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Be My Baby, Legally: What to Expect When Adopting

Aug. 17, 2012
Managing Money
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LGBT folk have pursued a number of different paths to family creation. Be it through adoption, sperm donation, or the use of surrogates, there are myriad ways to create your family of intention and function. Once you’ve made the decision to create your family, how do you ensure that you are legally recognized as the parents of your children?

Why is legal recognition of a parental relationship important?

Legal recognition allows you to live with the child, and make decisions about the child’s health, education, and well-being. It is also essential for ensuring that the child can access company-provided health insurance, Social Security benefits, inheritance rights, as well as child-support, should you and your partner separate.

The most common way to ensure the rights of parenthood is through an adoption process. For LGBT parents however, the ability to adopt varies by state, and sometimes by county.  Adoption requires the termination of one parent’s rights in favor of another parent.  Many state statues allow a married person to adopt his or her spouse’s child, without requiring the termination of the other spouse’s rights.  But the state statues do not explicitly allow for unmarried couples to adopt this way. This becomes tricky for LGBT parents who cannot be legally married in many states. Same sex couples who reside in states that recognize same sex marriage can generally use the stepparent adoption procedure available to heterosexual couples.

What are the types of adoption available to LGBT parents?

  • Joint Adoption – Adoption by a couple of a child that has no biological or pre-existing relationship with the couple.
  • Second-Parent / Co-Parent Adoption – Legal procedure that allows a same-sex partner to adopt his/her partner’s biological or adoptive child without the termination of the first parent’s rights
  • Step-parent adoption – when a new partner assumes the rights of the other birth parent. This requires the other birth parent to terminate their rights in favor of the new partner. If the other birth parent refuses to terminate their rights or cannot be found, you will have to prove either that
    • The absent parent has abandoned the child (willfully failed to support the child for some period of time, generally a year)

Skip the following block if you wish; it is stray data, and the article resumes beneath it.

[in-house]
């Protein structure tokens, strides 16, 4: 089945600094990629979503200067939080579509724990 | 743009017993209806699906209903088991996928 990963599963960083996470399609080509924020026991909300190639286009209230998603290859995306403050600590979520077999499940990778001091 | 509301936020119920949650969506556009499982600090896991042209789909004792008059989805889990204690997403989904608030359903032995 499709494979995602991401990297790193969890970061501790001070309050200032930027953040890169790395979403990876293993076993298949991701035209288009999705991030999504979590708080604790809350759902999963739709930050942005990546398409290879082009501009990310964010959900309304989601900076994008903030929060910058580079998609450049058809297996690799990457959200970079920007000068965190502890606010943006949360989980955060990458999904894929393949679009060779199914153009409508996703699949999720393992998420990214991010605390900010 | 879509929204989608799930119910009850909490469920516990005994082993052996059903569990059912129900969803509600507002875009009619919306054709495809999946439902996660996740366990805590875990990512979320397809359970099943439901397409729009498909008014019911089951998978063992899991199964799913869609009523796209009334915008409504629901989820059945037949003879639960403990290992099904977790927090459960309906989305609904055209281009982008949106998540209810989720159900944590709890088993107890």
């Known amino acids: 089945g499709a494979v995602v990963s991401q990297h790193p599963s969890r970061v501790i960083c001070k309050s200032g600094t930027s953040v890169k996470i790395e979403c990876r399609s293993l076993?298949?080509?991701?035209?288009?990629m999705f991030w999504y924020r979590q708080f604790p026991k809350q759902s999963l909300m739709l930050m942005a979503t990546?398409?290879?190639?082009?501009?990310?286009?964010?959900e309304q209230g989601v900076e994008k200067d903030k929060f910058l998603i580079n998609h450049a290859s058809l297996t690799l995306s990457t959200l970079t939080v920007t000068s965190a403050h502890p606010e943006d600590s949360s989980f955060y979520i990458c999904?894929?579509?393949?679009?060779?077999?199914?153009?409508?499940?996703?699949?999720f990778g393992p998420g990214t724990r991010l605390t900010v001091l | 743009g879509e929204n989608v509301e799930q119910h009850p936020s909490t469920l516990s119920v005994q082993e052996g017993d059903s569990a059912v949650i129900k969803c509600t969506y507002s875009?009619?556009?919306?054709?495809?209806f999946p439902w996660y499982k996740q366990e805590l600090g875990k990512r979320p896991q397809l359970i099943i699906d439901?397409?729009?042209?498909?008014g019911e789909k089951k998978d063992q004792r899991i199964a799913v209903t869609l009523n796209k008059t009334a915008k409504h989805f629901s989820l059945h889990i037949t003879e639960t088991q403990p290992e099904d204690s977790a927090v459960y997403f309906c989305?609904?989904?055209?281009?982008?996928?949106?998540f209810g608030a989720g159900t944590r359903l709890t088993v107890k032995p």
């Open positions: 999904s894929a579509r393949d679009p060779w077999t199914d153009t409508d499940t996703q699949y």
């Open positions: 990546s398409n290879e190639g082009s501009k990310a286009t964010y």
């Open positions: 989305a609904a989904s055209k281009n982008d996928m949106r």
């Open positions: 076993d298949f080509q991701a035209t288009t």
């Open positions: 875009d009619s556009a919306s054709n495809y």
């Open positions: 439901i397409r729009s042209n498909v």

• Or is not the presumed father (if the absent parent is male)


District of Columbia
New Hampshire
New Jersey
New York
Rhode Island



State Note
Arizona Preference to married couples over single adults
Kentucky Does not permit unmarried couples to use the stepparent adoption procedure
Utah Preference to married couples over single adults; prohibits anyone cohabiting in a non-marital sexual relationship from adopting
Ohio Does not permit second parent or co-parent adoption
Mississippi Prohibits adoption by couples of the same gender
North Carolina Does not permit second parent or co-parent adoption
Nebraska Does not permit second parent or co-parent adoption
Wisconsin Does not permit second parent or co-parent adoption

 Source: National Center for Lesbian Rights ( 

What if you live in a state that doesn’t allow second parent or stepparent adoption?

Similar to what you have to do in the case of marriage, you will then need to privately contract for the rights that a legal parental relationship bestows:

  • Medical power of attorney
  • Right of hospital visitation
  • Inheritance – Wills, trusts, beneficiaries of retirement accounts
  • Parenting agreement – A document that states that even though only one partner is legally recognized as the parent, both partners consider themselves to be parents. It can be helpful to outline how you intend to co-parent even if your relationship ends.

Given the wide variance in state laws, and dynamic nature of same-sex parenting law, it is important to see the advice of an experienced adoption lawyer before beginning any adoption proceedings.